Concerning adults' mouthparts, they have seven pairs of sensillae at the tip of the labium, whose ultrastructure suggests they can act either as chemoreceptors or mechanochemoreceptors (Walker & Gordh, 1989); interestingly, tarsal sensillae are not chemoreceptors, but proprioreceptors (Walker, Perring, & Freeman, 2010). After landing on a plant, adults repeatedly rub the tip of the labium on the leaf surface, and once they decide to feed on it, insert the stylets, which are slender sucking tubes, to penetrate into the leaf tissue and reach the phloem vessels. Even though stylets are flexible enough as to move through interstitial spaces between cells, failures can often occur, as witnessed by the presence of ramified and blind salivary sheaths (Walker & Perring, 1994). The time elapsed from the beginning of the rub to when the phloem is reached can amount to 16-42 min (Walker & Perring, 1994); therefore, this is a key period to prevent virus inoculation.

Moreover, once the phloem vessels are reached, adults release saliva to dilute sap, which is rich in sugars and aminoacids, and then facilitate its ingestion. However, if they dislike any substance present inside the plant tissue or in the phloem, they are able to detect it by means of one or more of a series of nine sensillae (pegs) aligned in the cibarial chamber (Hunter, Hiebert, Webb, Polston, & Tsai, 1996), thus discriminating between suitable and unsuitable hosts.

B. tabaci adults are very polyphagous, and have been recorded feeding on at least 500 plant species in 74 families worldwide (Greathead, 1986), mainly belonging to Asteraceae, Cucurbitaceae, Euphorbiaceae, Fabaceae, Malvaceae and Solanaceae; the same trend holds for Mesoamerica (Hilje, 1995). However, its full host range remains unknown and will certainly continue increasing, due to the ability with which eventual novel species adapt to new host plants, as it occurred with MEAM1 and cole crops in different countries, in recent years (Hilje & Stansly, 2018).

This means they are endowed with a metabolic machinery (enzymes) that allows them to detoxify a vast gamut of secondary metabolites that act as chemical defenses. Interestingly enough, in Costa Rica, deterrent principles against B. tabaci have been detected in members of unusual families (Alliaceae, Chenopodiaceae, Meliaceae, Simaroubaceae and Winteraceae), as expected (Hilje, 2007). However, deterrent principles are also present in members of the most preferred families, like Asteraceae (Tithonia diversifolia), Cucurbitaceae (Momordica charantia and Sechium pittieri) and Fabaceae (Tephrosia vogelii) suggesting that the latter species contain peculiar principles that are absent in related species.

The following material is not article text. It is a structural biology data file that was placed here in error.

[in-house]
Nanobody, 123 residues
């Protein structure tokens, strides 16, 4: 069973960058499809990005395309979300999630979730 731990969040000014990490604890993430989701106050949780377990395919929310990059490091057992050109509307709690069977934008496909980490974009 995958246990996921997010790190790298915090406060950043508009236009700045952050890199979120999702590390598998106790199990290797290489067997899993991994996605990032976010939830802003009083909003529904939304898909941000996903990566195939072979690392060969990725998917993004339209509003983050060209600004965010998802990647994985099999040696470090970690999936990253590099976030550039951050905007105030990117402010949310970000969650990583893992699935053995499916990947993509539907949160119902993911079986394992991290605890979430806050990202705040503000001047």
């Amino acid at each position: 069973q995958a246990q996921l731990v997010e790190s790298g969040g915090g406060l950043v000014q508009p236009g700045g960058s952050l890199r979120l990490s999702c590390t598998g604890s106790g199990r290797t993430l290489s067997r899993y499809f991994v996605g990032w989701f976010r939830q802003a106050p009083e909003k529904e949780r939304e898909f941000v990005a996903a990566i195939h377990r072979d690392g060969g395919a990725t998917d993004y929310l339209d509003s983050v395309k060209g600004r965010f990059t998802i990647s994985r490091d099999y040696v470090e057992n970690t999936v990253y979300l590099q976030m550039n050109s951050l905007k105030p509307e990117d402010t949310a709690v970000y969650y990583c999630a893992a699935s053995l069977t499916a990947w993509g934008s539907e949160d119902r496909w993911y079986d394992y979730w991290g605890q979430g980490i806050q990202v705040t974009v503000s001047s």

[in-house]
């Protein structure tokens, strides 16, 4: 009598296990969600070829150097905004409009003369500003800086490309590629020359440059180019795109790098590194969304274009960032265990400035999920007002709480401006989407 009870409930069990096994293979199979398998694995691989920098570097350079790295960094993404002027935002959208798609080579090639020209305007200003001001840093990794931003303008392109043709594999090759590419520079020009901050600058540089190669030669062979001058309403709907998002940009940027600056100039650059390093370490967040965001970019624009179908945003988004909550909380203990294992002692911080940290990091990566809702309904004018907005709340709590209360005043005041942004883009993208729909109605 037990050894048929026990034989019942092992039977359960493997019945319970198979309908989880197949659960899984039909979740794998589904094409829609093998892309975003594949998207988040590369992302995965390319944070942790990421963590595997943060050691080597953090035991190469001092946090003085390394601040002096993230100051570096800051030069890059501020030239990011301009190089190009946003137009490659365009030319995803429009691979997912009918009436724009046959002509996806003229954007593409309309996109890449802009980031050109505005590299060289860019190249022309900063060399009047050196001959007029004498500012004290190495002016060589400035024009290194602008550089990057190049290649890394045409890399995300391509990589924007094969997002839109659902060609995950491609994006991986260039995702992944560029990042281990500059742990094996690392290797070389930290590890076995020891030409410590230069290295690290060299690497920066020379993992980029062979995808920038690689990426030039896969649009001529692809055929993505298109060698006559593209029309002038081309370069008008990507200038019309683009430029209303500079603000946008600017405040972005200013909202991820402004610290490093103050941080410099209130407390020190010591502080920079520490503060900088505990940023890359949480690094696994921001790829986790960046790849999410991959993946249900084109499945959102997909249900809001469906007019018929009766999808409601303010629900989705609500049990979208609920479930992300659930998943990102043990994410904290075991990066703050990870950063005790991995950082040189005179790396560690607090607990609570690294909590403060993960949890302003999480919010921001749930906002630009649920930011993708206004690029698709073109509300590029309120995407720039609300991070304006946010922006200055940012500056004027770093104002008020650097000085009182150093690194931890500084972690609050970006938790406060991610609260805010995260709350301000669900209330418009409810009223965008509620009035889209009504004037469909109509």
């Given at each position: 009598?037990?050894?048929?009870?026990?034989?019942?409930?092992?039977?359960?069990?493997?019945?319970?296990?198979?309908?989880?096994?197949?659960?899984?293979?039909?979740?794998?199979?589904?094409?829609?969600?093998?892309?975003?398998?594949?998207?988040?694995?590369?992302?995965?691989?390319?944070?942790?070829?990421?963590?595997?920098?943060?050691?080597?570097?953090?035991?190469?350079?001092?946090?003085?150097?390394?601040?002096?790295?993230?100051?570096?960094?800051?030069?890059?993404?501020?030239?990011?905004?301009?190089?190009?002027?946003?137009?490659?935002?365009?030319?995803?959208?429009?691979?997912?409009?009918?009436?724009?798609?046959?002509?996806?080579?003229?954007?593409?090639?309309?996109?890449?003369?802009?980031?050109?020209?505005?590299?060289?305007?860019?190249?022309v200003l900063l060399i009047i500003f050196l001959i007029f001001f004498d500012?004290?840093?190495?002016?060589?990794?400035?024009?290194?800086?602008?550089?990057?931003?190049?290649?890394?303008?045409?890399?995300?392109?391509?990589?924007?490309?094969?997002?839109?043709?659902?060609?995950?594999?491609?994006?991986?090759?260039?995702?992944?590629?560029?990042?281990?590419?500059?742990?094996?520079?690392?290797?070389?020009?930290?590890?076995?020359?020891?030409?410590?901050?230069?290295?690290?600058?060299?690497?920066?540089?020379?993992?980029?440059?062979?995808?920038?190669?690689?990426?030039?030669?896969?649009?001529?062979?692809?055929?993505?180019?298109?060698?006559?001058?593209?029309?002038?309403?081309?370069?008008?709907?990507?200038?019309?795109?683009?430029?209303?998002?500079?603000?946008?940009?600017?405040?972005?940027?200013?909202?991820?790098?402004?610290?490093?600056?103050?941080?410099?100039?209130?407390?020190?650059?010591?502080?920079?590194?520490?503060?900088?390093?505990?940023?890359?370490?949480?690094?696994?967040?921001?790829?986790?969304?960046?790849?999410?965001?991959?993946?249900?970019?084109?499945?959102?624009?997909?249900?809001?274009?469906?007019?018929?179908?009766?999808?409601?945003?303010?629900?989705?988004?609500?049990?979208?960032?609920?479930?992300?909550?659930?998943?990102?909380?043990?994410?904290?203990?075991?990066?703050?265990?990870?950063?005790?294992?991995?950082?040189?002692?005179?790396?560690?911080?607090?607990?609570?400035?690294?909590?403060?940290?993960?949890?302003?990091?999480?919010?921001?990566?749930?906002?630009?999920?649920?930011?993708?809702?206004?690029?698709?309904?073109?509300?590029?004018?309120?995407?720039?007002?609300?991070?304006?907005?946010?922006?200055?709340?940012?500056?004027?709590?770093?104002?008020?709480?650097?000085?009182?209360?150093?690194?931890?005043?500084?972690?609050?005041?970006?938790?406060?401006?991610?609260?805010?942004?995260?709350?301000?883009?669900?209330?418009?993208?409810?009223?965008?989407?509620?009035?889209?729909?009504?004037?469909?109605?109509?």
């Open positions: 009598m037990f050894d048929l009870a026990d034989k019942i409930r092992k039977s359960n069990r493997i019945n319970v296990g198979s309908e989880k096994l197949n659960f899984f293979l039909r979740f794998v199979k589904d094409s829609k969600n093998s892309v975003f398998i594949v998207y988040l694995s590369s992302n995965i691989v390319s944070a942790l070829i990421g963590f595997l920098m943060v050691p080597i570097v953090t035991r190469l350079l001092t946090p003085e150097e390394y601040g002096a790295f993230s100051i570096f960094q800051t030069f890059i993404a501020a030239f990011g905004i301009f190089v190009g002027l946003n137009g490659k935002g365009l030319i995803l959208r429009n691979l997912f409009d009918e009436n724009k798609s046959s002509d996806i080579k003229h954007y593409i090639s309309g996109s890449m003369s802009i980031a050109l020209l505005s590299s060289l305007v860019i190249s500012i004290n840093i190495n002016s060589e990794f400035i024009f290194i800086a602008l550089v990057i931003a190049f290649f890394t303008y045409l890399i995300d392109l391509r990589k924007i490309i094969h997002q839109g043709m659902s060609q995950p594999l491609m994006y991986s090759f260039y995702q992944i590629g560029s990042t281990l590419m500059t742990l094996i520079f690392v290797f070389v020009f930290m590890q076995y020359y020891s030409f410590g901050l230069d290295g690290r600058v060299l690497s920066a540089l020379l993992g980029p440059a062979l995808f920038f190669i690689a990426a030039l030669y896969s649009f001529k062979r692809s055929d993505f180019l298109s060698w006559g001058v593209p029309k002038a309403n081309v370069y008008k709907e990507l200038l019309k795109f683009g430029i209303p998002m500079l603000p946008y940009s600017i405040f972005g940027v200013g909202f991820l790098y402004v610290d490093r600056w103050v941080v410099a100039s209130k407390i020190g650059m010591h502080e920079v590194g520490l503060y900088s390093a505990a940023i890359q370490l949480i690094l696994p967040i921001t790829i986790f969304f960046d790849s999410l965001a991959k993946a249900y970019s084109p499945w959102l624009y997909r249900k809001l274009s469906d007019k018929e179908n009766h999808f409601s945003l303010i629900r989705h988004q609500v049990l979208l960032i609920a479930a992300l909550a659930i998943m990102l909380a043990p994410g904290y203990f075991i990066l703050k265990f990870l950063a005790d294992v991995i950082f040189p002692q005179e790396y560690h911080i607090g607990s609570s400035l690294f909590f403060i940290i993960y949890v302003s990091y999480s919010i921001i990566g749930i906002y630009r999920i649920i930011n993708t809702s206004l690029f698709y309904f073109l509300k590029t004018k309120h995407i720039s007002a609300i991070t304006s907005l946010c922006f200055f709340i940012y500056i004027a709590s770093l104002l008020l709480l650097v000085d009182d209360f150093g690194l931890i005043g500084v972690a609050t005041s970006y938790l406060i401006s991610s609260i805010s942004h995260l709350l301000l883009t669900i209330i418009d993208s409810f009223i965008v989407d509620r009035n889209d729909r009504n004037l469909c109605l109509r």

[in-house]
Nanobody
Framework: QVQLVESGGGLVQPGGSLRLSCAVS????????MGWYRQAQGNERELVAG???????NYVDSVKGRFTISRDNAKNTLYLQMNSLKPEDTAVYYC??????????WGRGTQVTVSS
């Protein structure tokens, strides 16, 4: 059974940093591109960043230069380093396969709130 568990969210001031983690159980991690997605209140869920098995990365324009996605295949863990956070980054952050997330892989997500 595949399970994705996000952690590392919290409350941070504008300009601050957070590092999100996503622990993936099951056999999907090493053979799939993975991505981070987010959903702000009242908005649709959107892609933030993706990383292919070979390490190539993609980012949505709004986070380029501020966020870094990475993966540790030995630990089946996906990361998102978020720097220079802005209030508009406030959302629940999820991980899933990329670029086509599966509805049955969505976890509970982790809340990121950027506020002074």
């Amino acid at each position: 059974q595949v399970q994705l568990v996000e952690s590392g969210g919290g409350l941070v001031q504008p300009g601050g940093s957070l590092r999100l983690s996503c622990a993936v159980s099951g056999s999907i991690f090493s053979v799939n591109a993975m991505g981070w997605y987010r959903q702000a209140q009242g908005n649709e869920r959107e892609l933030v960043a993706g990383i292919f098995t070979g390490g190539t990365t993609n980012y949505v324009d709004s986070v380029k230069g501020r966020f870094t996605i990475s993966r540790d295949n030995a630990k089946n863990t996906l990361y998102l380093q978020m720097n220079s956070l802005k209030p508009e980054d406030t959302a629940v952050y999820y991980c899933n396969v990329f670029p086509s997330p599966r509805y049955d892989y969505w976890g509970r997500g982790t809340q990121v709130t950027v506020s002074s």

It is important to remark that B. tabaci had been observed feeding, but not always breeding, on several wild hosts and annual crops. For instance, in Costa Rica, in the recent past the predominant NW species multiplied heavily on sweet pepper but not on tomato, whilst the exact opposite occurred with the MEAM1 (Hilje & Stansly, 2018); nevertheless, when exposed to several host crops, both strongly preferred eggplant over tomato and sweet pepper.

Life cycle and reproductive potential: To be successful as a pest of vegetable crops -which represent an ephemeral resource, as their typical cropping season ranges from only 3-5 months, an insect species must be endowed with some favorable reproductive and development traits, such as a high fecundity and a short life-span. However, these traits strongly depend on two key physical factors (temperature and relative humidity), as well as on the quality and the age of the host plant.

For instance, under controlled conditions (26.5 ºC and 68 % RH) in Colombia, and reared on bean, average fecundity and generation time for B. tabaci corresponded to 75 eggs and 37-39 days (Eichelkraut & Cardona, 1989); sex ratio was 1:1. However, in Venezuela (at 25 ºC, 65 % RH, and reared on tomato), the respective figures were 194 eggs and 42 days, with a sex ratio of 2.73 females: male (Salas & Mendoza, 1995). Although differences may be due to host type, it is quite possible that the species involved were different, with the NW2 in Colombia and MEAM1 in Venezuela. This is so because by 1989 the MEAM1 species had not invaded the American continent; in addition, it is now accepted that MEAM1 normally doubles NW in fecundity (Bethke, Paine, & Nuessly, 1991). Furthermore, in the case of MED species collected in France and reared on tomato at 25 °C and 60 % RH, the respective values corresponded to 94 eggs and 22 days, with sex ratio being 1:1 (Bonato, Lurette, Vidal, & Fargues, 2007).